After a short stint practicing criminal law, San Mateo divorce attorney Michael Strebe made the switch to family law because of the opportunity to personally help clients work through issues that have an enormous effect on their quality of life.
“What I find fulfilling about family law is that I can actually help individuals,” said Mr. Strebe, who earned his Juris Doctor from the University of California Hastings College of Law. “I can individually relate to the cases and the circumstances that are going on in their life. They could happen to any of us.”
By guiding clients through divorce and child custody matters, Mr. Strebe said he feels he is able to directly impact the world in a positive manner.
“I think there’s a lot of value you can add to the community and the world by helping people out through these situations and getting them to a successful resolution,” he said.
Mr. Strebe is a native of the Bay area, having lived there for 32 years. Geographically, with its beaches and mountains, he finds the region unique and suited to his interests and hobbies, which include hiking and running.
Even though the community is known for being progressive, Mr. Strebe said the challenges he sees men and fathers face each day in the courtroom are similar to the ones that are prevalent across the United States.
“One of the biggest challenges is just making sure the men I represent really get a fair shake,” said Mr. Strebe, who is a member of the Bar Association of San Francisco, the Santa Clara County Bar Association, and the San Mateo County Bar Association. “I do think there are some issues, especially with custody and visitation, where these preconceived notions that mothers are better parents really do harm my client. It does take a little more understanding to get beyond those initial biases.”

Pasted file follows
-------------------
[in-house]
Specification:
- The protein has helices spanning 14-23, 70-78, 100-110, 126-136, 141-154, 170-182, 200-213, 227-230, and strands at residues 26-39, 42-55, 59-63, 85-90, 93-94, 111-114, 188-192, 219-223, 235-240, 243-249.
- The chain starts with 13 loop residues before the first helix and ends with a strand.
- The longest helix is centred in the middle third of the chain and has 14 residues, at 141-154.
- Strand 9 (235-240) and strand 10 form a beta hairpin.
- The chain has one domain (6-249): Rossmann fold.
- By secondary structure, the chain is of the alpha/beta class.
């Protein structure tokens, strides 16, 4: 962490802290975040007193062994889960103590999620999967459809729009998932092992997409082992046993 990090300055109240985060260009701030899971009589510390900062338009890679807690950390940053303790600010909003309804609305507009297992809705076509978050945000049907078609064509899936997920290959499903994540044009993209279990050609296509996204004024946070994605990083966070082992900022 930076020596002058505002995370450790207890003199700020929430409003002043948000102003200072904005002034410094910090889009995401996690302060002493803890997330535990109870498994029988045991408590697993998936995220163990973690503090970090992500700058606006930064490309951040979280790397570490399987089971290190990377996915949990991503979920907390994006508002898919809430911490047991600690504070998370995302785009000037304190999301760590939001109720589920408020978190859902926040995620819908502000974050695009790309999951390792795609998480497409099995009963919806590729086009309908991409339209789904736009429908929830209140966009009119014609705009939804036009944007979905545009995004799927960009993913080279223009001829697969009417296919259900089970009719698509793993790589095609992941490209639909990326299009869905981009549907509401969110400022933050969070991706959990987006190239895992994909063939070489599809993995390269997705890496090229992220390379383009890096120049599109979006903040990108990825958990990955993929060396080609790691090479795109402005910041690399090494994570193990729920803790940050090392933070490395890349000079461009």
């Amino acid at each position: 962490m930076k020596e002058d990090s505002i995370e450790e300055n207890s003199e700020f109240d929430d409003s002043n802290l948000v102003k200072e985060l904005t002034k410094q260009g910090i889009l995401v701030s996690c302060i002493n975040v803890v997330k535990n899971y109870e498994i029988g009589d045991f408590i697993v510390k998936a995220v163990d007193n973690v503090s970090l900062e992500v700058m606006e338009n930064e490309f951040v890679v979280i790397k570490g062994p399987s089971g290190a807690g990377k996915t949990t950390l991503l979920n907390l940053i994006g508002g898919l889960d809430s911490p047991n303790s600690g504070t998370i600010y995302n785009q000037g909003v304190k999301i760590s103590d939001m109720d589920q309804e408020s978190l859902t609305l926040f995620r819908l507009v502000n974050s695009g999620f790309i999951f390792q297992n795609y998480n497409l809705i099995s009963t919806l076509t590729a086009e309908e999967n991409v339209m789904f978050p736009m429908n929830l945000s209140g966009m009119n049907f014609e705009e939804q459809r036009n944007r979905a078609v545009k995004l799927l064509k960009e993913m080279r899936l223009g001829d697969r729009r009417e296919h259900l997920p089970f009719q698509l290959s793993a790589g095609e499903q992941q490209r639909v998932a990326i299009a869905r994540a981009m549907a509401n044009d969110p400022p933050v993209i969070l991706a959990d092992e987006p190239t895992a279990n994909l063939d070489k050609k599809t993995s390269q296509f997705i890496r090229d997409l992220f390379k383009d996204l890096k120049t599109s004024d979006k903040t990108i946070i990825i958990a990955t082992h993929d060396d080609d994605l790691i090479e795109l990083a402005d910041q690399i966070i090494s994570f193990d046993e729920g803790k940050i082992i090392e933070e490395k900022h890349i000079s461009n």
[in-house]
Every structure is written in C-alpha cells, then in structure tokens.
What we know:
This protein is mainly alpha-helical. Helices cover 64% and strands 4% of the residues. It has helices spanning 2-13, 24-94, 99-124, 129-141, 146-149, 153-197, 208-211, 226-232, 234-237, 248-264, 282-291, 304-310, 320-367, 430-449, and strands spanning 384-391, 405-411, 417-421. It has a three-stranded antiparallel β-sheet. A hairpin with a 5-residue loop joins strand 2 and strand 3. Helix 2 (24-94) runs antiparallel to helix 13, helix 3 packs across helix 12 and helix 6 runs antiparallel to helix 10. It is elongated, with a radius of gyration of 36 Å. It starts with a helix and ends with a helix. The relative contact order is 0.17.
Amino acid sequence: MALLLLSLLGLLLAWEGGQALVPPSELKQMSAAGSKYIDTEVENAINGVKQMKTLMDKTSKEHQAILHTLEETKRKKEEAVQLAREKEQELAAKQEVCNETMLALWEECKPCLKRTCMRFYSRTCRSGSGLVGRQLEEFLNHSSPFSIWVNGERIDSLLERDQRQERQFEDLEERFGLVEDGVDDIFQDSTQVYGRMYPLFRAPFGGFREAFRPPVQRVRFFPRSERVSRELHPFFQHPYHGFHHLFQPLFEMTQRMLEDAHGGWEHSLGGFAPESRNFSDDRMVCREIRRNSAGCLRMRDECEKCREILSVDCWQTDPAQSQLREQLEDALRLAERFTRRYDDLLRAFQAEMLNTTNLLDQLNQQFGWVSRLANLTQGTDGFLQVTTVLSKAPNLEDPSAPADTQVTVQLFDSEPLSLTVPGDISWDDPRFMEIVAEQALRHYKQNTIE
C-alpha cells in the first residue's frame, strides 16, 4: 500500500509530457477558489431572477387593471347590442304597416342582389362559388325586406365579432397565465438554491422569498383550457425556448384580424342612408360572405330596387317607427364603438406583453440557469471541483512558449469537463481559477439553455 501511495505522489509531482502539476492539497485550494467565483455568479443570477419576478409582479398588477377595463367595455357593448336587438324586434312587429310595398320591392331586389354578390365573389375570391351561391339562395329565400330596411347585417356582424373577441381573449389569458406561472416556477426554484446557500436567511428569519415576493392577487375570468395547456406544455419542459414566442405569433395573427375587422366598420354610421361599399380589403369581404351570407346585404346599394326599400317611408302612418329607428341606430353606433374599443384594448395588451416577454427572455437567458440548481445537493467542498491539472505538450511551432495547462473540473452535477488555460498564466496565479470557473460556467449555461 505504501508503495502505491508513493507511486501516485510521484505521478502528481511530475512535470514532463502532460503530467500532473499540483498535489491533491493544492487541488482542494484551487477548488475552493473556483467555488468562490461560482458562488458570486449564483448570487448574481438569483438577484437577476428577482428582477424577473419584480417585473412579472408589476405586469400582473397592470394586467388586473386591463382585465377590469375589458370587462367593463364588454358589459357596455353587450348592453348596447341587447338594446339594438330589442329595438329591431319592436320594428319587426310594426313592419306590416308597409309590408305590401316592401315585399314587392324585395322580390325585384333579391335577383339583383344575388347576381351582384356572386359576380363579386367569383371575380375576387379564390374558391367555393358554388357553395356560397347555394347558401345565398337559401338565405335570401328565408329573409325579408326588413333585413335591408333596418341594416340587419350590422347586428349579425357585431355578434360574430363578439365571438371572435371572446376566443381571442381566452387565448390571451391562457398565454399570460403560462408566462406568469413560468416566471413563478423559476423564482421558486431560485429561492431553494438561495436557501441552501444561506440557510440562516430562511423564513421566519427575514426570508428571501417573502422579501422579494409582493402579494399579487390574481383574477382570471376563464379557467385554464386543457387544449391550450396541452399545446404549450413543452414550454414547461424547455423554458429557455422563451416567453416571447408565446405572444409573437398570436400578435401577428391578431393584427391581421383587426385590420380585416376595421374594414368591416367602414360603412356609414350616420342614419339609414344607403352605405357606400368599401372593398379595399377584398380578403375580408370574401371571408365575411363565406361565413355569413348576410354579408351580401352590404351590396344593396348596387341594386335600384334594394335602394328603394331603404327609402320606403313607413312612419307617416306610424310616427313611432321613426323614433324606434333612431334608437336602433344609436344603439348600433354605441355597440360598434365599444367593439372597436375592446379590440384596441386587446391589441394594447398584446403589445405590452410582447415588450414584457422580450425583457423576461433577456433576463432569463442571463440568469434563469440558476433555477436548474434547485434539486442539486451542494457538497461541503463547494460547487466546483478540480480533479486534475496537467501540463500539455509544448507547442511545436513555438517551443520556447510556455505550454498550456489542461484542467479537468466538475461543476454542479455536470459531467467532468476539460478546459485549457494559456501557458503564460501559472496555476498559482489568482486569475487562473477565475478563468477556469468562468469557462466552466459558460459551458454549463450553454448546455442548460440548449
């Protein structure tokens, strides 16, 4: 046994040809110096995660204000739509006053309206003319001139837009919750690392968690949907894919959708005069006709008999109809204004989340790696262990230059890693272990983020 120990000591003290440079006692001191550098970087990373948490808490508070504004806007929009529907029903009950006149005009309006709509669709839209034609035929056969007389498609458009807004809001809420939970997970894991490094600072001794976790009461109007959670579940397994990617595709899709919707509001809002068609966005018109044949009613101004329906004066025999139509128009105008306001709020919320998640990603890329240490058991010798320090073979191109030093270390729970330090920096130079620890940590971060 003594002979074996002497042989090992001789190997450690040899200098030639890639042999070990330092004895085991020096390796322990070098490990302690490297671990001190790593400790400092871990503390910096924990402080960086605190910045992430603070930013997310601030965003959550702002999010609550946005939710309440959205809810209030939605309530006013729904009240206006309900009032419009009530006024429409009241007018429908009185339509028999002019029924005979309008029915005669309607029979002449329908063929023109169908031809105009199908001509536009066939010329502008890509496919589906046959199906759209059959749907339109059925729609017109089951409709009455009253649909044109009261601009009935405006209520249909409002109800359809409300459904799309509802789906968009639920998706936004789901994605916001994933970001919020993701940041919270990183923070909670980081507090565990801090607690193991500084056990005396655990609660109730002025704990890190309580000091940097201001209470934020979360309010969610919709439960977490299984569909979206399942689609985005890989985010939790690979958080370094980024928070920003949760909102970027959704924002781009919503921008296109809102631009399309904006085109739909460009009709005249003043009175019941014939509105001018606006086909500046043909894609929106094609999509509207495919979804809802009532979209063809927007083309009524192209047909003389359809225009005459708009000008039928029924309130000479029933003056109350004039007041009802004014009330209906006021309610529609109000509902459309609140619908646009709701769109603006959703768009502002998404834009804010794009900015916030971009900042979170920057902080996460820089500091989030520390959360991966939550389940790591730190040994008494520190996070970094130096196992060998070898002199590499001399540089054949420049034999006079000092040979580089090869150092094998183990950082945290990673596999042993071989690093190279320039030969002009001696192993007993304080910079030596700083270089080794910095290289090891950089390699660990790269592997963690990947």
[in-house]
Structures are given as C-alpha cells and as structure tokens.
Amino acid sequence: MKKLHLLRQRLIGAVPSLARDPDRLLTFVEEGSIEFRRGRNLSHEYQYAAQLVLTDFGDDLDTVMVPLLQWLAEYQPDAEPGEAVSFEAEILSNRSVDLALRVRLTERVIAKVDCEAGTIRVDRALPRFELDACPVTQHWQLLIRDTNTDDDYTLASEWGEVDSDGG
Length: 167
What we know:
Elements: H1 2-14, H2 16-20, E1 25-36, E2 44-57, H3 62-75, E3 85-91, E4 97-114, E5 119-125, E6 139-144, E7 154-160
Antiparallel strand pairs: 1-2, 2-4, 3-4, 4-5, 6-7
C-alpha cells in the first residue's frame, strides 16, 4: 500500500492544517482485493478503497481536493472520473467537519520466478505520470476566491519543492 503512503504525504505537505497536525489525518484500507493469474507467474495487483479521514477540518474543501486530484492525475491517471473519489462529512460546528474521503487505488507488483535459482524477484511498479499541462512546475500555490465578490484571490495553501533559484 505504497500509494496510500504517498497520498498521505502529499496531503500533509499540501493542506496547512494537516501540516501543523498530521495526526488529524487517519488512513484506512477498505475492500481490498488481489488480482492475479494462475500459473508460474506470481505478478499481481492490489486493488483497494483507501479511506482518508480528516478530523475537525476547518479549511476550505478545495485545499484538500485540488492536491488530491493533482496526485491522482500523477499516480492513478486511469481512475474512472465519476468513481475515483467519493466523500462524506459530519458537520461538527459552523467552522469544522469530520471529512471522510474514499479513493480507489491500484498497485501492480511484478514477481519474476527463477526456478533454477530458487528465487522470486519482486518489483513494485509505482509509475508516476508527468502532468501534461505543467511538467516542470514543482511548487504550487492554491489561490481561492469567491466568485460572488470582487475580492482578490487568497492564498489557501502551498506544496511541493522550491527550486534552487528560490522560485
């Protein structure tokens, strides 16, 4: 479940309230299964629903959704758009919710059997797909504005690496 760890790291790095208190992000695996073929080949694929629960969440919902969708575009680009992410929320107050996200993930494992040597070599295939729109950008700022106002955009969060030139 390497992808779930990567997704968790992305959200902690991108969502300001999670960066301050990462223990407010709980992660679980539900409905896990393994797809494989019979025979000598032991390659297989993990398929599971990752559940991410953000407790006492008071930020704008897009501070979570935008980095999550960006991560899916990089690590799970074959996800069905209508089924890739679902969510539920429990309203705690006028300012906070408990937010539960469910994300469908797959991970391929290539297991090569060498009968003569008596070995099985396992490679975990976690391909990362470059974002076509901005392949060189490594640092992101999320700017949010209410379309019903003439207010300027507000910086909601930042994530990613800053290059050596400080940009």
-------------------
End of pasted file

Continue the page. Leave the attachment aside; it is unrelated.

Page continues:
Even in a region as forward-thinking as the Bay Area, Mr. Strebe said it’s difficult to overcome decades of stereotypes that marginalize fathers.
“The good things is that the area is fairly progressive, but even in that paradigm there are just some preconceived notions and biases at least in terms of custody that oftentimes favor women,” he said. “I think one traditional notion that even goes back to the 1950s and later is that women are the nurturer and Dad is the provider. I think that’s something the court systems everywhere, not just in the Bay Area, have difficulty overcoming.”